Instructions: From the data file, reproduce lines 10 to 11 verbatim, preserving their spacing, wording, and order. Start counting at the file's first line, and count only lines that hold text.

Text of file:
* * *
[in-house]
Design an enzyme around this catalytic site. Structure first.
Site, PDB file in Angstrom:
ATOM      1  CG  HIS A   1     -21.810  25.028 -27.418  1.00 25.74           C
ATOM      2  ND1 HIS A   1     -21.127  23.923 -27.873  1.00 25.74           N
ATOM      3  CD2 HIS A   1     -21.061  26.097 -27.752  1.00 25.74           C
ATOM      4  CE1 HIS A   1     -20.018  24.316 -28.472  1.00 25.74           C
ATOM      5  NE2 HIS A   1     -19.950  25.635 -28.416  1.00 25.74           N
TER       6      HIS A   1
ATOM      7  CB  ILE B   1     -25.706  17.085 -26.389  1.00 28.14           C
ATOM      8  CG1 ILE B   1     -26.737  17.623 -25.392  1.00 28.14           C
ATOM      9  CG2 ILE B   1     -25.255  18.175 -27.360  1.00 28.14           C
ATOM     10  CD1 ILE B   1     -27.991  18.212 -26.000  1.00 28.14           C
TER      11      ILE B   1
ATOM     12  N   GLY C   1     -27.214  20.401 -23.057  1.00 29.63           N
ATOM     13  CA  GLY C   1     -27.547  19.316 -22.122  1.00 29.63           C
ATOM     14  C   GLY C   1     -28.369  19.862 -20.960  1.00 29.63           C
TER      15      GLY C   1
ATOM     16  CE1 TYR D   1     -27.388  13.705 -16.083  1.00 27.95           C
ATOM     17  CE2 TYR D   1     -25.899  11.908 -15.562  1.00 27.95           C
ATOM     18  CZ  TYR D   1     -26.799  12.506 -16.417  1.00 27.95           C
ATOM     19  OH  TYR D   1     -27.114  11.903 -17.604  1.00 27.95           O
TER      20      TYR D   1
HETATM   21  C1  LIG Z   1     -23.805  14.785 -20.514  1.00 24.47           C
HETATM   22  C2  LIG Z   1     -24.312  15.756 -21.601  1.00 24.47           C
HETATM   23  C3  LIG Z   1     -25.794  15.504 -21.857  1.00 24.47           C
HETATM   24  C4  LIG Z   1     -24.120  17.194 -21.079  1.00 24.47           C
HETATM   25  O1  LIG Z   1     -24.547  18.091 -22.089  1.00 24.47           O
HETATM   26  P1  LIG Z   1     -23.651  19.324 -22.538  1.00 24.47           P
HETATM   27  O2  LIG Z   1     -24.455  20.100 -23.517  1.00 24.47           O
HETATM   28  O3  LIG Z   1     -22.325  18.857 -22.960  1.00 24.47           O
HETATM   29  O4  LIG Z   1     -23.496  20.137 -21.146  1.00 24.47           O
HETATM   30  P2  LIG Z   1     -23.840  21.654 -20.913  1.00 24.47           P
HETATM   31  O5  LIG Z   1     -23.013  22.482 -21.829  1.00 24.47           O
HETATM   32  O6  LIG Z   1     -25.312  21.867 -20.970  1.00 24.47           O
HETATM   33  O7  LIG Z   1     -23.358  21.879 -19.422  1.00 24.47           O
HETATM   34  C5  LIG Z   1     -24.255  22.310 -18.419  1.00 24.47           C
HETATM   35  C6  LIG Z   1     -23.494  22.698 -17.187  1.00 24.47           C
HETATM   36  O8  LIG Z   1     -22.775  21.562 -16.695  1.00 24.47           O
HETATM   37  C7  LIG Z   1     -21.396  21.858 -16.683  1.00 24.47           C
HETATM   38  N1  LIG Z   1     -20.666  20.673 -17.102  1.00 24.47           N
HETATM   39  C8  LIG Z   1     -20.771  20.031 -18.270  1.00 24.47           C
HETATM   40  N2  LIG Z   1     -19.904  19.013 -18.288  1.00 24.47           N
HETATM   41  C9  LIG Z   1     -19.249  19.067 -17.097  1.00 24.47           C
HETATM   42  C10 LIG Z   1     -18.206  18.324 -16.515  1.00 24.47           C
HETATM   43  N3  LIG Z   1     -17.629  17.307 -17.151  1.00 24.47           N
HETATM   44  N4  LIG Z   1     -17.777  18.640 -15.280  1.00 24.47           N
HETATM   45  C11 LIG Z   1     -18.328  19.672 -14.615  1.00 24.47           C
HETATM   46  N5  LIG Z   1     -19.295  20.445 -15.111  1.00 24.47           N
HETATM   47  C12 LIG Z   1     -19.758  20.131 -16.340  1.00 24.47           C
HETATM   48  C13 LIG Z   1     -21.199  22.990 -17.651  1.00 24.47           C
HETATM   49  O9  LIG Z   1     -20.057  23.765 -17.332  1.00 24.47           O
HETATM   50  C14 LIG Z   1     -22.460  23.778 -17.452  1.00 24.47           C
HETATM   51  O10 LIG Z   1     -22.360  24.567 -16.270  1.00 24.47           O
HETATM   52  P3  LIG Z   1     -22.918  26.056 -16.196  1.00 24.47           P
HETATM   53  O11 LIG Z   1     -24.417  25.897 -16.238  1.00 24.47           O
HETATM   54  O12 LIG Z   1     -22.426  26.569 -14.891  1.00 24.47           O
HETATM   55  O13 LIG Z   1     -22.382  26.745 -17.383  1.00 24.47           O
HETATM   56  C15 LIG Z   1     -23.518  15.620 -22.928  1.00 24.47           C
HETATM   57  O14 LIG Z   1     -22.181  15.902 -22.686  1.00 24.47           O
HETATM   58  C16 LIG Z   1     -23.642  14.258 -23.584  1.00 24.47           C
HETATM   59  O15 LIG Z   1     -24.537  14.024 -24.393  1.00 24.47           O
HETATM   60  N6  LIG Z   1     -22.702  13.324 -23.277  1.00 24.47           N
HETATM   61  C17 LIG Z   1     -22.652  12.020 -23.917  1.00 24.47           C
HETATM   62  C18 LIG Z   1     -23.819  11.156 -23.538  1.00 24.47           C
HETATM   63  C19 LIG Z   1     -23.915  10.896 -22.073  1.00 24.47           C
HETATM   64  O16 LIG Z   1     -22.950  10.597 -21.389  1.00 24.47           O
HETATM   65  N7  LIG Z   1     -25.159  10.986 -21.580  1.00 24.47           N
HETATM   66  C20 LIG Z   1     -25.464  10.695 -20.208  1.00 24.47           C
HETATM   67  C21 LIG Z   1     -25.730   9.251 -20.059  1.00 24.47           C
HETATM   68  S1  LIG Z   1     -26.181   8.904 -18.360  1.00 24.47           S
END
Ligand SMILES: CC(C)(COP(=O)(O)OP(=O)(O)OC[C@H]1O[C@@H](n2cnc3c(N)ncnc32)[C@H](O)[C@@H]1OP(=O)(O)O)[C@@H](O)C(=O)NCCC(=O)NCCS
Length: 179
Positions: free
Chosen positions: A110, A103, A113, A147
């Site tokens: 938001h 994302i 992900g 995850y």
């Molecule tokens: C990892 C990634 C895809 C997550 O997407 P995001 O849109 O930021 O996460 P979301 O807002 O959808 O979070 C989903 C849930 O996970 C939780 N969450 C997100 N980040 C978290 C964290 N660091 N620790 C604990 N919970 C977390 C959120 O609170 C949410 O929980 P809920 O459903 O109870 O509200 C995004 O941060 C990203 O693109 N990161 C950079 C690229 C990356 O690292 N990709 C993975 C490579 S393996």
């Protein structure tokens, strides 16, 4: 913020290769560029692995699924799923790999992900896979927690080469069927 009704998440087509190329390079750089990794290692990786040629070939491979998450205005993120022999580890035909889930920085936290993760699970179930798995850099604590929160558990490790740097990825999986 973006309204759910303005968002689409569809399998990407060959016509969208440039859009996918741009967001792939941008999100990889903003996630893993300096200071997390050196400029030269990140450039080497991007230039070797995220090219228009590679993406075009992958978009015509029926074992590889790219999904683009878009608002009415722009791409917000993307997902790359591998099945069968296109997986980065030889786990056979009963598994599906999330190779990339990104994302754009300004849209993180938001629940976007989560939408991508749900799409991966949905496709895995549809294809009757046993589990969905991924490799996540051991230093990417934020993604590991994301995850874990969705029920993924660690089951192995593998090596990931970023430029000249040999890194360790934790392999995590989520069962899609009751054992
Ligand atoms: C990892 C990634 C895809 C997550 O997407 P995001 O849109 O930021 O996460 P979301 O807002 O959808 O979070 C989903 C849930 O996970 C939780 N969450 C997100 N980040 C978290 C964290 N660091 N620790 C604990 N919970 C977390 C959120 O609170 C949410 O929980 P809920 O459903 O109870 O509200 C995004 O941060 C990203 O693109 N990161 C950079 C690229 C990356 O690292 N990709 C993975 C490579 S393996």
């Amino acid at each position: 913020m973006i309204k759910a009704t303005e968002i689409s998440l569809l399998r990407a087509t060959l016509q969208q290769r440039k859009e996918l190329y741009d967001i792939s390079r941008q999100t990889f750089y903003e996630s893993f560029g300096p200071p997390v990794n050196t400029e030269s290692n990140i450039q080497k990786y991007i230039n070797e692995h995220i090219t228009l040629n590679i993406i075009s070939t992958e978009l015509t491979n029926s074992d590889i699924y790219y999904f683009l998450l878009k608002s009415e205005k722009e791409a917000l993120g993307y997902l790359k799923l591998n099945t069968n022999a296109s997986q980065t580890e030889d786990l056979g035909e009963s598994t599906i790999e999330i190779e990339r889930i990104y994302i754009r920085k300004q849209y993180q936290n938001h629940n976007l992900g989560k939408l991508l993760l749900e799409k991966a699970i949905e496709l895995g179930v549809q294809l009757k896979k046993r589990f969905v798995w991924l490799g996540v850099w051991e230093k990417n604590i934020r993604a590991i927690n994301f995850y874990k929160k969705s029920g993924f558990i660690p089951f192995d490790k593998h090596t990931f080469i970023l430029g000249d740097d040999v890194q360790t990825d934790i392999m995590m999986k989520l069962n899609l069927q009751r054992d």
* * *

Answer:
ATOM      7  CB  ILE B   1     -25.706  17.085 -26.389  1.00 28.14           C
ATOM      8  CG1 ILE B   1     -26.737  17.623 -25.392  1.00 28.14           C